Ed Balls gave a politically fine-tuned performance today. He re-committed Labour to independent monitoring of its fiscal rules. There were lots of ‘tough choices’. He chose not to restate his decision to limit public sector pay explicitly but on spending, pay, and pensions he warned there would be tough decisions ahead. In fairness, he must feel that he has taken enough flak already on the limits to pay increases ; this wasn’t backsliding.
Balls’ plea that you can’t set out spending plans now over two years ahead of an election in an uncertain environment is a fair one. A ‘zero-based’ spending review after the election is, well, a spending review. He made clear that Labour’s new fiscal rules – more credible than Osborne’s rolling five year targets – will set debt on a downward trajectory. That will require the speedy elimination of the structural current deficit and a tight set of spending limits across the board in reality. The politics of this will be fraught.
If there is an area where he could say more it’s about the process by which Labour makes its broad commitments at the next election. Personally, it seems to make sense to outline the fiscal rules, set the broad parameters of a budget and then ask an outside agency or body such as the IFS to assess the credibility of the plans. That means some of the spending review will need to happen before rather than after the election. The fear has to be that any doubt here will play into fears of Labour’s determination to reset the Budget on a sustainable footing. There is time for all this and I suspect that Balls knows that he will have to do more. Until the next Coalition spending review that is difficult to do.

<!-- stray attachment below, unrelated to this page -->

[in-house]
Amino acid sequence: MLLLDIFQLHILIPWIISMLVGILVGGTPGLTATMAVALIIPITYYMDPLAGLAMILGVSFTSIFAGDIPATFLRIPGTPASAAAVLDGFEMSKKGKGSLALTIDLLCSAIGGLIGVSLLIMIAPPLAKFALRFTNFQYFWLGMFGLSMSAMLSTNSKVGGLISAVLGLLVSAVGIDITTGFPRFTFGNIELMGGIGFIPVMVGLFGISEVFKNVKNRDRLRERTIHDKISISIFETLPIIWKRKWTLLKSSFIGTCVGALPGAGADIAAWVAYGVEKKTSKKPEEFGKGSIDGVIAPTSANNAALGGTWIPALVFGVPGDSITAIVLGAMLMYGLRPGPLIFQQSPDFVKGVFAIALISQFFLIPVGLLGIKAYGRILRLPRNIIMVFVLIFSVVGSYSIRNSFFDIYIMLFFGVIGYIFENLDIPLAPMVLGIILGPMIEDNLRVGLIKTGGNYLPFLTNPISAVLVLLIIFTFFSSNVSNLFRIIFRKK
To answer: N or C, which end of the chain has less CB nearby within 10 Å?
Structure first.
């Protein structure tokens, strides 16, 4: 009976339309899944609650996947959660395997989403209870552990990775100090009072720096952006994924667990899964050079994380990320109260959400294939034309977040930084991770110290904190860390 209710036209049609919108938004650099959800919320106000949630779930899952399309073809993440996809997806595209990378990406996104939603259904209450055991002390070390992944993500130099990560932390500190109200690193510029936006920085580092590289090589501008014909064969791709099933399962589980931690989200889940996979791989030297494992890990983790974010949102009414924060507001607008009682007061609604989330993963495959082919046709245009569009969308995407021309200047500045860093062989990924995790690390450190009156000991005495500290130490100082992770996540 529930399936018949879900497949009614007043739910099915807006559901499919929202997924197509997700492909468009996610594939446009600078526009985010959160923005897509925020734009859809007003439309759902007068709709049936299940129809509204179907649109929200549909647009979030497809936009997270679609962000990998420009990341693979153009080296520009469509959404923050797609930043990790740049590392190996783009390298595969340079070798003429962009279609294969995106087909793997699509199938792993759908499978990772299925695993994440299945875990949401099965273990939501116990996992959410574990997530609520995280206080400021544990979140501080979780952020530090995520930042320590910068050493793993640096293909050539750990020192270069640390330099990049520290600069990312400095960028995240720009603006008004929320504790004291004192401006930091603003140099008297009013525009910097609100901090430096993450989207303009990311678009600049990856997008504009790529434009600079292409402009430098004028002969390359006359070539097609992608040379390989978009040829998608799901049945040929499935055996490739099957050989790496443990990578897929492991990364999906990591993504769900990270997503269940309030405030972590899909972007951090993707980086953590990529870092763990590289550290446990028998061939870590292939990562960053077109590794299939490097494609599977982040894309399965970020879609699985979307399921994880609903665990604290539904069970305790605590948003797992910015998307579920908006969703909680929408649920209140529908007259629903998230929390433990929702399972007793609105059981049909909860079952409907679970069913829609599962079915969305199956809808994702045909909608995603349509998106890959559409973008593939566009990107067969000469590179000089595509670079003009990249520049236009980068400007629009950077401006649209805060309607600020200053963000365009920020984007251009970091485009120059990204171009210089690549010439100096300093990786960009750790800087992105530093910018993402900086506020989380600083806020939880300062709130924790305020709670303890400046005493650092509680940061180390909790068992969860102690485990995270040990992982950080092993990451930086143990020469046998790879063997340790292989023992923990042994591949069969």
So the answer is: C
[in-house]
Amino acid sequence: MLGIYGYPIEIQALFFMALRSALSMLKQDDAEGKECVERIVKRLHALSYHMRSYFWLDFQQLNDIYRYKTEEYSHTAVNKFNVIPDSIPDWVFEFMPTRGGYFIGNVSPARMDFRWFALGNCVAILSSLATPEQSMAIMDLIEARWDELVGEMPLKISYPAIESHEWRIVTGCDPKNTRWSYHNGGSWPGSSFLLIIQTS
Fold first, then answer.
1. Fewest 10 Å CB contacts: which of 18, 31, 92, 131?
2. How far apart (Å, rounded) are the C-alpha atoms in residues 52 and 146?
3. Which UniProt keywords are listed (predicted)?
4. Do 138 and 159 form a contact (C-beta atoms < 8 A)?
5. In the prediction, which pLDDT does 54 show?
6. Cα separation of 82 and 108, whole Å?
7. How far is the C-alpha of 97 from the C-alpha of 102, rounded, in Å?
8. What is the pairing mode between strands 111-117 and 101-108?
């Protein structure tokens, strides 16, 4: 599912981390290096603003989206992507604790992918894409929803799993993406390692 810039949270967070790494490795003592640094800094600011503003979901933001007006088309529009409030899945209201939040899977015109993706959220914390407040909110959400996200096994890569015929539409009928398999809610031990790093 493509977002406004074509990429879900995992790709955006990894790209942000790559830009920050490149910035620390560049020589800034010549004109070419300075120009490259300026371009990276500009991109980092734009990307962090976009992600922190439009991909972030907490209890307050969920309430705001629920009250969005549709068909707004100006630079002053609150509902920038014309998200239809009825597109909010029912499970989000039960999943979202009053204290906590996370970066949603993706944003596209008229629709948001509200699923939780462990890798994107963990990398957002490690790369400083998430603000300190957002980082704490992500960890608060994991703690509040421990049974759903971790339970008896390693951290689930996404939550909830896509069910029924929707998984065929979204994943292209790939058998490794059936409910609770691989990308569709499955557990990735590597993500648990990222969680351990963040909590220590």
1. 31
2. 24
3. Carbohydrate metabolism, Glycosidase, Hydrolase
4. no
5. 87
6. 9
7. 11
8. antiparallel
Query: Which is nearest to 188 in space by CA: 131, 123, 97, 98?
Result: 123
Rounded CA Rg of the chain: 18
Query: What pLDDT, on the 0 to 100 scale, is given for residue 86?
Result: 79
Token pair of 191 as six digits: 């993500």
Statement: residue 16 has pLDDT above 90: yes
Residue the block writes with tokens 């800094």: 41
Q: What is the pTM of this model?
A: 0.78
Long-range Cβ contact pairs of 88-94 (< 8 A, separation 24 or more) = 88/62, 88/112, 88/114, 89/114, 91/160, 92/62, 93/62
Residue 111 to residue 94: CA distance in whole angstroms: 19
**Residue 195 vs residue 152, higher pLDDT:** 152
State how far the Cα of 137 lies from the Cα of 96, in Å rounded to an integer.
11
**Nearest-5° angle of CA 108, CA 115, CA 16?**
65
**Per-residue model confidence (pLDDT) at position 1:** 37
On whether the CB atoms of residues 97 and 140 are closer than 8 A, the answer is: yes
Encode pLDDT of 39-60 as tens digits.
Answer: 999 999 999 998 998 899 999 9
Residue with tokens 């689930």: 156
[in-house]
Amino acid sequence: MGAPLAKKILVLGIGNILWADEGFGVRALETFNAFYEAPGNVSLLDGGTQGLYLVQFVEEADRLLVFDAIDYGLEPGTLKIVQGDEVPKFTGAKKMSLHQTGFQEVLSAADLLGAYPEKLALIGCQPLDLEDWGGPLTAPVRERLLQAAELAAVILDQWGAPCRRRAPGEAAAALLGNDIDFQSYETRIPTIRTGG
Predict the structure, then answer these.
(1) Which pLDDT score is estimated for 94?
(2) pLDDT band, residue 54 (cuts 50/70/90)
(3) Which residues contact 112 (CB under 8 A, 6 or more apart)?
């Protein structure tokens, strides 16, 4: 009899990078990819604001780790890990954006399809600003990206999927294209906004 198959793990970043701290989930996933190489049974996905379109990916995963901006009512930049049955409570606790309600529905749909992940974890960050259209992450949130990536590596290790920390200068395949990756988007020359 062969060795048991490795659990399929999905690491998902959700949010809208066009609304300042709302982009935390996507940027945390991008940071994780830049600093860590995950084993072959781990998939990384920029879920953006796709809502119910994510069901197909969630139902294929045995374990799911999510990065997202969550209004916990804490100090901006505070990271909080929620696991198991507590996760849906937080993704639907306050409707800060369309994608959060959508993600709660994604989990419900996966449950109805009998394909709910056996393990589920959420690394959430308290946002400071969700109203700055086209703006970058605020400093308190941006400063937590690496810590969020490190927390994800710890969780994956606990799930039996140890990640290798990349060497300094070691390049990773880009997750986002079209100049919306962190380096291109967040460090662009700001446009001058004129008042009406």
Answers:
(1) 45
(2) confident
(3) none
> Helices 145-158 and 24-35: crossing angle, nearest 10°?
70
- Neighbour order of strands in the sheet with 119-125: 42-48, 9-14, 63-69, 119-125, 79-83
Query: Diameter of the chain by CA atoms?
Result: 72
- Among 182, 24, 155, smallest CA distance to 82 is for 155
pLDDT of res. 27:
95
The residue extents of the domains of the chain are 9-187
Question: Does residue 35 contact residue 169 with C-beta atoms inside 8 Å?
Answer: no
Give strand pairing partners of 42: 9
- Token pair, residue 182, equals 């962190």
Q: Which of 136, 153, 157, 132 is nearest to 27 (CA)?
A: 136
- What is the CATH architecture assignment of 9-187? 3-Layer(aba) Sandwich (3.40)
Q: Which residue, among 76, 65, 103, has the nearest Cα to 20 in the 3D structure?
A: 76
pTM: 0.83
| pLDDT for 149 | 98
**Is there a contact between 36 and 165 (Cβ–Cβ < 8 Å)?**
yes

The best part of the speech was the latter third where he set out a vision of a new political consensus around social protection and infrastructure investment. Basically, new protections such as in social care are going to be difficult to achieve other than through consensus and in the short-term. It is also crazy that we seem incapable of prioritising growth-enhancing investment matched with long-term finance. This should be the real purpose of a new national bank – on the model of the European Investment Bank. Small business finance needs something more sectoral, local, and flexible – new mutuals, funds and specialist institutions.
Overall, this speech was politically astute, serious and plausible. This shadow Chancellorship is a work in progress but progress is definitely evident. Osborne and Cameron may be Butch Cameron and the flatlining kid. This speech was more towards the good and there was no bad and ugly. There is no longer a fistful of dollars. Labour still remains The Unforgiven. But this movie is far from over yet. In fact, it’s just getting going.